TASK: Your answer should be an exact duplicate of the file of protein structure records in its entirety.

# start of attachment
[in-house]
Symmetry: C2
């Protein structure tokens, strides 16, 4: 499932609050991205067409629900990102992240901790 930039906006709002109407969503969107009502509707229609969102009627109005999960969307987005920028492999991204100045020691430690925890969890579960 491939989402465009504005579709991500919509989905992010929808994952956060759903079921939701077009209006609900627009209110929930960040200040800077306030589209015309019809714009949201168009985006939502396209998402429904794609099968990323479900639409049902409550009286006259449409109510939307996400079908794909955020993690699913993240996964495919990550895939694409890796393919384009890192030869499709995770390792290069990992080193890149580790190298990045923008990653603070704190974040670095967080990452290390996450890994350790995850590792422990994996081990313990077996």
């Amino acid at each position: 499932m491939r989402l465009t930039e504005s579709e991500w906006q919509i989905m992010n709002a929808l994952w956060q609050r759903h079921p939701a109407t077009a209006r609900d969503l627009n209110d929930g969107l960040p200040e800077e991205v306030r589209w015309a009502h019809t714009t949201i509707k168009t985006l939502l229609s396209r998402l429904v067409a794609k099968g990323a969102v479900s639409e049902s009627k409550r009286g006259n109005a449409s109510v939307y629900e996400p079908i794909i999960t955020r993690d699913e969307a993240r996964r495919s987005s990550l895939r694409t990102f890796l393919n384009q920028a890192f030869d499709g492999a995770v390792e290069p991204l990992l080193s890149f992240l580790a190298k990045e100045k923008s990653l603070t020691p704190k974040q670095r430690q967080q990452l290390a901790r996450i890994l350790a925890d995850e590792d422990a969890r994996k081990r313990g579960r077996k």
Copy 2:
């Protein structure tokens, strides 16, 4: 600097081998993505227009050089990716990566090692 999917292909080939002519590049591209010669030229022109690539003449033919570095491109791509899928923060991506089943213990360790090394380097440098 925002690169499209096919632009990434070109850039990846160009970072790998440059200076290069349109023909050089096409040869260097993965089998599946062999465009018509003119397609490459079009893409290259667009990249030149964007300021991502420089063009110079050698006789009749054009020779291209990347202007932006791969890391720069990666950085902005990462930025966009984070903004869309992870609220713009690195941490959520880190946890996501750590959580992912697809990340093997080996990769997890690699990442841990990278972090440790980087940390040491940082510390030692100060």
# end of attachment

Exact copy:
[in-house]
Symmetry: C2
């Protein structure tokens, strides 16, 4: 499932609050991205067409629900990102992240901790 930039906006709002109407969503969107009502509707229609969102009627109005999960969307987005920028492999991204100045020691430690925890969890579960 491939989402465009504005579709991500919509989905992010929808994952956060759903079921939701077009209006609900627009209110929930960040200040800077306030589209015309019809714009949201168009985006939502396209998402429904794609099968990323479900639409049902409550009286006259449409109510939307996400079908794909955020993690699913993240996964495919990550895939694409890796393919384009890192030869499709995770390792290069990992080193890149580790190298990045923008990653603070704190974040670095967080990452290390996450890994350790995850590792422990994996081990313990077996």
């Amino acid at each position: 499932m491939r989402l465009t930039e504005s579709e991500w906006q919509i989905m992010n709002a929808l994952w956060q609050r759903h079921p939701a109407t077009a209006r609900d969503l627009n209110d929930g969107l960040p200040e800077e991205v306030r589209w015309a009502h019809t714009t949201i509707k168009t985006l939502l229609s396209r998402l429904v067409a794609k099968g990323a969102v479900s639409e049902s009627k409550r009286g006259n109005a449409s109510v939307y629900e996400p079908i794909i999960t955020r993690d699913e969307a993240r996964r495919s987005s990550l895939r694409t990102f890796l393919n384009q920028a890192f030869d499709g492999a995770v390792e290069p991204l990992l080193s890149f992240l580790a190298k990045e100045k923008s990653l603070t020691p704190k974040q670095r430690q967080q990452l290390a901790r996450i890994l350790a925890d995850e590792d422990a969890r994996k081990r313990g579960r077996k």
Copy 2:
């Protein structure tokens, strides 16, 4: 600097081998993505227009050089990716990566090692 999917292909080939002519590049591209010669030229022109690539003449033919570095491109791509899928923060991506089943213990360790090394380097440098 925002690169499209096919632009990434070109850039990846160009970072790998440059200076290069349109023909050089096409040869260097993965089998599946062999465009018509003119397609490459079009893409290259667009990249030149964007300021991502420089063009110079050698006789009749054009020779291209990347202007932006791969890391720069990666950085902005990462930025966009984070903004869309992870609220713009690195941490959520880190946890996501750590959580992912697809990340093997080996990769997890690699990442841990990278972090440790980087940390040491940082510390030692100060």